The Dreamhelmet -- Would Emily Post Approve?

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Recently, the CBS News Website posed the following hypothetical scenario and question: “Strangers on a Plane: The stranger sitting next to you on a plane leans over to reads your magazine, takes off his shoes and socks, or keeps chatting when all you want to do is nap. The guy in front of you cranks his seat all the way back, while the kid behind you kicks your seat. What’s a polite passenger to do?...”

Recently, the CBS News Website posed the following hypothetical scenario and question: “Strangers on a Plane: The stranger sitting next to you on a plane leans over to reads your magazine, takes off his shoes and socks, or keeps chatting when all you want to do is nap. The guy in front of you cranks his seat all the way back, while the kid behind you kicks your seat. What’s a polite passenger to do?...”

Reporter Tracy Smith, aided by travel journalist Val D’Elia of TravelWithVal.com, offered some solutions on the (June 24, 2006) Saturday Early Show. Val, who has endured her share of annoying strangers on a plane, suggested that one solution to the problem was to make use of the Dreamhelmet.

Although the report suggested no specific reasons, it appears that average air travelers of today are less likely to resemble Beaver Cleaver and family or Mr. Rogers, and more closely fit the profile of soccer hooligans and players, or rapper wannabes and entourage. The upshot is that, chances are, your fellow air passengers will exhibit less manners and grosser social graces than those of an earlier epoch, when people sought the advice of Emily Post.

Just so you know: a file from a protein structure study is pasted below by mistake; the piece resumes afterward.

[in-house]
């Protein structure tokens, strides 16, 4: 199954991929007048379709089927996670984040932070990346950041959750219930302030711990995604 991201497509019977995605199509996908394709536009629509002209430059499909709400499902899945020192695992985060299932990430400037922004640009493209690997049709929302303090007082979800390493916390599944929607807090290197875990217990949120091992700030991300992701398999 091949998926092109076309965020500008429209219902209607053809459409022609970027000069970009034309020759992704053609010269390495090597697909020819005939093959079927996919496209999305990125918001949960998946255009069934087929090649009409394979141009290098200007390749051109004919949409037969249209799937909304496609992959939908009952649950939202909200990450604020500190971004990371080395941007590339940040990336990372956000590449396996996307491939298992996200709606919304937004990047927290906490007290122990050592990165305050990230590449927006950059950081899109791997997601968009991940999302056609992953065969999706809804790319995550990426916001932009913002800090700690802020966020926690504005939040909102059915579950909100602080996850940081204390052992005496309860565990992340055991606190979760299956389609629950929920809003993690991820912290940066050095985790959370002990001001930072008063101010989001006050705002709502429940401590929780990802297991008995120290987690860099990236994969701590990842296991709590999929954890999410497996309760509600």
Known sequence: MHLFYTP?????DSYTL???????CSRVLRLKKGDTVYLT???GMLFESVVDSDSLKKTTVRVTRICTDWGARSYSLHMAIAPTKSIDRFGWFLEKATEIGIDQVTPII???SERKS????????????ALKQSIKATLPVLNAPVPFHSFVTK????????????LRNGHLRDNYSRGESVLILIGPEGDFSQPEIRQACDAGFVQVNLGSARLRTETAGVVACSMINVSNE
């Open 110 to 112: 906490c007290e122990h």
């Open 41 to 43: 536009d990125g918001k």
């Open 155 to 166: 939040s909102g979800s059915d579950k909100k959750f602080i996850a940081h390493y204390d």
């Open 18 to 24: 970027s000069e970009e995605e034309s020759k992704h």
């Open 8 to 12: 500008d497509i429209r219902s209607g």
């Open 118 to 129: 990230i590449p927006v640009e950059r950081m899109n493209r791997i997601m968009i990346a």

A changed view of air travel, from being something awesome and novel, like going on a great adventure, to being commonplace, like riding the bus, may be partly to blame for more hang-loose social behavior aboard. It also may be true that the average American really does exhibit less well-mannered behavior, in any situation, than his parents did.

On an airplane, you are a sort of captive participant. Situations can occur at any time from which you might wish to make a graceful exit. So how can a Dreamhelmet save you from this kind of uncomfortable social dilemma?

The Dreamhelmet is a combination sleep-mask pillow that blocks light and muffles sound. It has sound-blocking foam sewed into the pillow portion which covers the ears. The Dreamhelmet allows its user to lean against the plane window or seatback (or traveling companion’s shoulder) and fall asleep. The pillow portion offers some neck support. Secret pockets located near the temple hide money, valuables, foldable reading glasses, soft foam earplugs (provided), or an alarm watch so as not to oversleep.

Putting on your Dreamhelmet is like hanging out a “Do Not Disturb” sign. It is a polite, but effective, way to let others know you have retreated into your own space, no longer want to communicate, and do want peace and quiet. It is not necessary to do or say anything rude to anyone. It not only works for Val, but we think it is also what Emily Post would have done.

Dreamhelmet lets you sleep by blocking light with a generous sleep mask and cradling your head in a soft cotton sound-blocking pillow. Many attractive fabrics please all tastes. Dreamhelmets cost $29.95 plus $4.95 postage The direct 24 hour telephone order number is (888)918-5630.

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